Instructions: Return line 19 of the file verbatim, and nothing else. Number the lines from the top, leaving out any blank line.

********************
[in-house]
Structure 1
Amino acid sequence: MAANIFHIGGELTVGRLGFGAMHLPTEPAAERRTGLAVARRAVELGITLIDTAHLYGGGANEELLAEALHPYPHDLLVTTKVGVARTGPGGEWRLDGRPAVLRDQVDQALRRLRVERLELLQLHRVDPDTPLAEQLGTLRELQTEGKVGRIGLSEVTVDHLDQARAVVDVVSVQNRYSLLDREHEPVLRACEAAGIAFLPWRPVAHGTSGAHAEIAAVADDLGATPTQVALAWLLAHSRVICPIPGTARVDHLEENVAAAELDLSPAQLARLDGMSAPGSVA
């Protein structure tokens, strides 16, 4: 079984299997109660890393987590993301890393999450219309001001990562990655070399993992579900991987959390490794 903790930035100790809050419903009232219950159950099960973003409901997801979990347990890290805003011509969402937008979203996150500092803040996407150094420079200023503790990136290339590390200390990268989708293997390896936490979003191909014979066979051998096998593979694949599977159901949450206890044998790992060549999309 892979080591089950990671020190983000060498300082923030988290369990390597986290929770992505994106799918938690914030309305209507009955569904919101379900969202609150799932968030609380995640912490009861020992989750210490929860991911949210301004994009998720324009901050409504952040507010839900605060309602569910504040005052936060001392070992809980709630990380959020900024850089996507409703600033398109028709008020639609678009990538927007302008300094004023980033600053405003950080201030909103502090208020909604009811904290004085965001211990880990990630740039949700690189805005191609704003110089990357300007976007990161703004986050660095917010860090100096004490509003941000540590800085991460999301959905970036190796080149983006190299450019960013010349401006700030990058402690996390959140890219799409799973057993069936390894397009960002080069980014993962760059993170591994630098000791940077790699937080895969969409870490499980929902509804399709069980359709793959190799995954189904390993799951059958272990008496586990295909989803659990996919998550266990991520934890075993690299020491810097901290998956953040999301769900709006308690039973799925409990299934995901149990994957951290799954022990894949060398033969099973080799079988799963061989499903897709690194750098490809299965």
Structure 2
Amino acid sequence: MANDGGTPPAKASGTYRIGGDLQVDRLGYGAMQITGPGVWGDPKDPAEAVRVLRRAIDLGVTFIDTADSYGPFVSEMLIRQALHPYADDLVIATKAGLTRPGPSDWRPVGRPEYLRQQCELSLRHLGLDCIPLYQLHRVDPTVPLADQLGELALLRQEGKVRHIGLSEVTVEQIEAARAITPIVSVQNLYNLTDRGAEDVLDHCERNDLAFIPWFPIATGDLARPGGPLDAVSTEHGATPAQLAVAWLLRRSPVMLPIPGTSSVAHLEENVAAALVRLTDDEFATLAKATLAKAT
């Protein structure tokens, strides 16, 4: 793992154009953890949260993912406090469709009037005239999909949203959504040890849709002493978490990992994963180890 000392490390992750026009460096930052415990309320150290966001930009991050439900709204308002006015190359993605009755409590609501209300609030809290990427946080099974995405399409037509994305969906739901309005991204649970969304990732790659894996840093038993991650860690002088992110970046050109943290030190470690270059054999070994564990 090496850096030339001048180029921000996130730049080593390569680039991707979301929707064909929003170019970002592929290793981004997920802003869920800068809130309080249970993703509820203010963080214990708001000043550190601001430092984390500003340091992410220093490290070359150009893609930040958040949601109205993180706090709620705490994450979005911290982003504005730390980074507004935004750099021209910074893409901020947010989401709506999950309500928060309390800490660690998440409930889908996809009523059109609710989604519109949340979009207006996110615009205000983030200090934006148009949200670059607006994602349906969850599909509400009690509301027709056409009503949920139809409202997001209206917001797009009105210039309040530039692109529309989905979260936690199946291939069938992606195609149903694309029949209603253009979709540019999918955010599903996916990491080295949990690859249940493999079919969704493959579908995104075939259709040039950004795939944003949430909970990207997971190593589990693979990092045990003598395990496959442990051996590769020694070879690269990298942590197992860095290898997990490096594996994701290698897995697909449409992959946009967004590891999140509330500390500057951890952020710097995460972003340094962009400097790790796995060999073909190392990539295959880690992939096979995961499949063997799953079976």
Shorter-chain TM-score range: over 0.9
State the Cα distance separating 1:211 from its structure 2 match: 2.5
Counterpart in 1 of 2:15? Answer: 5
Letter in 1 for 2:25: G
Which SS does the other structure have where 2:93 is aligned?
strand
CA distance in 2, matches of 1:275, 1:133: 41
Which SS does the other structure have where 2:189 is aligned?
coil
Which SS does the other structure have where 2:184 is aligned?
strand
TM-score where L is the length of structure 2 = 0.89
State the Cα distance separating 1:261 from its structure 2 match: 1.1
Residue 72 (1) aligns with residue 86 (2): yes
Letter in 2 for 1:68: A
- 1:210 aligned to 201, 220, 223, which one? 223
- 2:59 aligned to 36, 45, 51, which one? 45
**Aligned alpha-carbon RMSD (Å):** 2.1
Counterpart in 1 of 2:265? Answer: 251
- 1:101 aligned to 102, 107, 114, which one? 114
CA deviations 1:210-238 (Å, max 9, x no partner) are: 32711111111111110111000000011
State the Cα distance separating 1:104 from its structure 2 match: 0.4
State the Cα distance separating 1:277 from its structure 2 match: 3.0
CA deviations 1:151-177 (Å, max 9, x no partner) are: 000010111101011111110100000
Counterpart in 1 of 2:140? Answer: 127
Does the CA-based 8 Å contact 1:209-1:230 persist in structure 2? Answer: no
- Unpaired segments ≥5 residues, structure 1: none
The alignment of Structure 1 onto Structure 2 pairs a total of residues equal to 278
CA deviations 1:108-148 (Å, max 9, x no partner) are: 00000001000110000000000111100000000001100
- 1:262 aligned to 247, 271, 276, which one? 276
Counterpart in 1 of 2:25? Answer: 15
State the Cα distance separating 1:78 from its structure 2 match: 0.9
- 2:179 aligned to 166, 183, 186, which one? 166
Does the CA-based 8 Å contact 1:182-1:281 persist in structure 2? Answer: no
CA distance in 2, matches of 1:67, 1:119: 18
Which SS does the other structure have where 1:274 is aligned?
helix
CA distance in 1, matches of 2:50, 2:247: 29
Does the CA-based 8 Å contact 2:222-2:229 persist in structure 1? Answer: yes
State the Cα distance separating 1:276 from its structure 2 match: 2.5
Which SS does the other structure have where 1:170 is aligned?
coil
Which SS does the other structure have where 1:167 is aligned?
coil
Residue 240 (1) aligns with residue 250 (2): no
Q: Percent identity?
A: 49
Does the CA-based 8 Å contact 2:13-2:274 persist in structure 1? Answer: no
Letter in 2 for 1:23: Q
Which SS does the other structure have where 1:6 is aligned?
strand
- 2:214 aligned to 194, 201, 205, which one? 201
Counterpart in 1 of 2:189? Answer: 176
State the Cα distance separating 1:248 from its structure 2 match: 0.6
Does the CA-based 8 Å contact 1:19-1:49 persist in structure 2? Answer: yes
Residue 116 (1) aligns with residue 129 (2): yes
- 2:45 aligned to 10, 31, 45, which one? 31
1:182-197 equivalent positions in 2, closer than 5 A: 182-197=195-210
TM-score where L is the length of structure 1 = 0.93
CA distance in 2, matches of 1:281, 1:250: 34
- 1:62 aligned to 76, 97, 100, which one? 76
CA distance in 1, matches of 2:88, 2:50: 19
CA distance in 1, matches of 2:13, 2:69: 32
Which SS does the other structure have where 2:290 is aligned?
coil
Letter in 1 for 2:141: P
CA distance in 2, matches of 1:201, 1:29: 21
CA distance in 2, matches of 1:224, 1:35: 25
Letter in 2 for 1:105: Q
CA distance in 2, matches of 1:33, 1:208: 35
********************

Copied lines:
TM-score where L is the length of structure 2 = 0.89